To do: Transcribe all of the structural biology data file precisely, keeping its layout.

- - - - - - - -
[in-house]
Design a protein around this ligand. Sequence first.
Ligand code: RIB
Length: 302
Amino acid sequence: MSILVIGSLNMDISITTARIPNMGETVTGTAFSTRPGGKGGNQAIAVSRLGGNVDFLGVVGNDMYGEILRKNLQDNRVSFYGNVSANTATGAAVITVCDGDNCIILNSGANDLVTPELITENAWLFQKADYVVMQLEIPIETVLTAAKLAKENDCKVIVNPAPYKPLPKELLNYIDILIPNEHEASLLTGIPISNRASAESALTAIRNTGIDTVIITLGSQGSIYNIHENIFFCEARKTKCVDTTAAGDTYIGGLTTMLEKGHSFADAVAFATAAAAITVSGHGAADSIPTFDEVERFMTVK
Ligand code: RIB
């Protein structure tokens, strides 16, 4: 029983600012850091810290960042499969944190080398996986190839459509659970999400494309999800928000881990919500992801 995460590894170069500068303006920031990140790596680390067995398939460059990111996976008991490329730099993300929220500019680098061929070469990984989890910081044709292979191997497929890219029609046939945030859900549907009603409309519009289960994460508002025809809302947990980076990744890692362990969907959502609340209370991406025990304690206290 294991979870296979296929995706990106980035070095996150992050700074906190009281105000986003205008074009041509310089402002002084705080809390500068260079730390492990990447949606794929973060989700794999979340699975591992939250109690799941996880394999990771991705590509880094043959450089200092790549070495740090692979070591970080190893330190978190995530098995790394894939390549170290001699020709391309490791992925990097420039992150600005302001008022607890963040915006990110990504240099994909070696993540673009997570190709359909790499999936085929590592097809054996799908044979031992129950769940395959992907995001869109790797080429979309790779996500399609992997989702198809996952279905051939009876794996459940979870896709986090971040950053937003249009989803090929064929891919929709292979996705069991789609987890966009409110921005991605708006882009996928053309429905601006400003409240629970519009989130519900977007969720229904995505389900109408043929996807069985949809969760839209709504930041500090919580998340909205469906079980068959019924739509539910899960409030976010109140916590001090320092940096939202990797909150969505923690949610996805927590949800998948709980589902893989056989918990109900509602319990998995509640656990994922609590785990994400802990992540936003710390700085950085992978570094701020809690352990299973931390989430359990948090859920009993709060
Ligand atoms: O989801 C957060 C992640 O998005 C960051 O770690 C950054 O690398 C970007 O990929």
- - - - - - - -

[in-house]
Design a protein around this ligand. Sequence first.
Ligand code: RIB
Length: 302
Amino acid sequence: MSILVIGSLNMDISITTARIPNMGETVTGTAFSTRPGGKGGNQAIAVSRLGGNVDFLGVVGNDMYGEILRKNLQDNRVSFYGNVSANTATGAAVITVCDGDNCIILNSGANDLVTPELITENAWLFQKADYVVMQLEIPIETVLTAAKLAKENDCKVIVNPAPYKPLPKELLNYIDILIPNEHEASLLTGIPISNRASAESALTAIRNTGIDTVIITLGSQGSIYNIHENIFFCEARKTKCVDTTAAGDTYIGGLTTMLEKGHSFADAVAFATAAAAITVSGHGAADSIPTFDEVERFMTVK
Ligand code: RIB
């Protein structure tokens, strides 16, 4: 029983600012850091810290960042499969944190080398996986190839459509659970999400494309999800928000881990919500992801 995460590894170069500068303006920031990140790596680390067995398939460059990111996976008991490329730099993300929220500019680098061929070469990984989890910081044709292979191997497929890219029609046939945030859900549907009603409309519009289960994460508002025809809302947990980076990744890692362990969907959502609340209370991406025990304690206290 294991979870296979296929995706990106980035070095996150992050700074906190009281105000986003205008074009041509310089402002002084705080809390500068260079730390492990990447949606794929973060989700794999979340699975591992939250109690799941996880394999990771991705590509880094043959450089200092790549070495740090692979070591970080190893330190978190995530098995790394894939390549170290001699020709391309490791992925990097420039992150600005302001008022607890963040915006990110990504240099994909070696993540673009997570190709359909790499999936085929590592097809054996799908044979031992129950769940395959992907995001869109790797080429979309790779996500399609992997989702198809996952279905051939009876794996459940979870896709986090971040950053937003249009989803090929064929891919929709292979996705069991789609987890966009409110921005991605708006882009996928053309429905601006400003409240629970519009989130519900977007969720229904995505389900109408043929996807069985949809969760839209709504930041500090919580998340909205469906079980068959019924739509539910899960409030976010109140916590001090320092940096939202990797909150969505923690949610996805927590949800998948709980589902893989056989918990109900509602319990998995509640656990994922609590785990994400802990992540936003710390700085950085992978570094701020809690352990299973931390989430359990948090859920009993709060
Ligand atoms: O989801 C957060 C992640 O998005 C960051 O770690 C950054 O690398 C970007 O990929």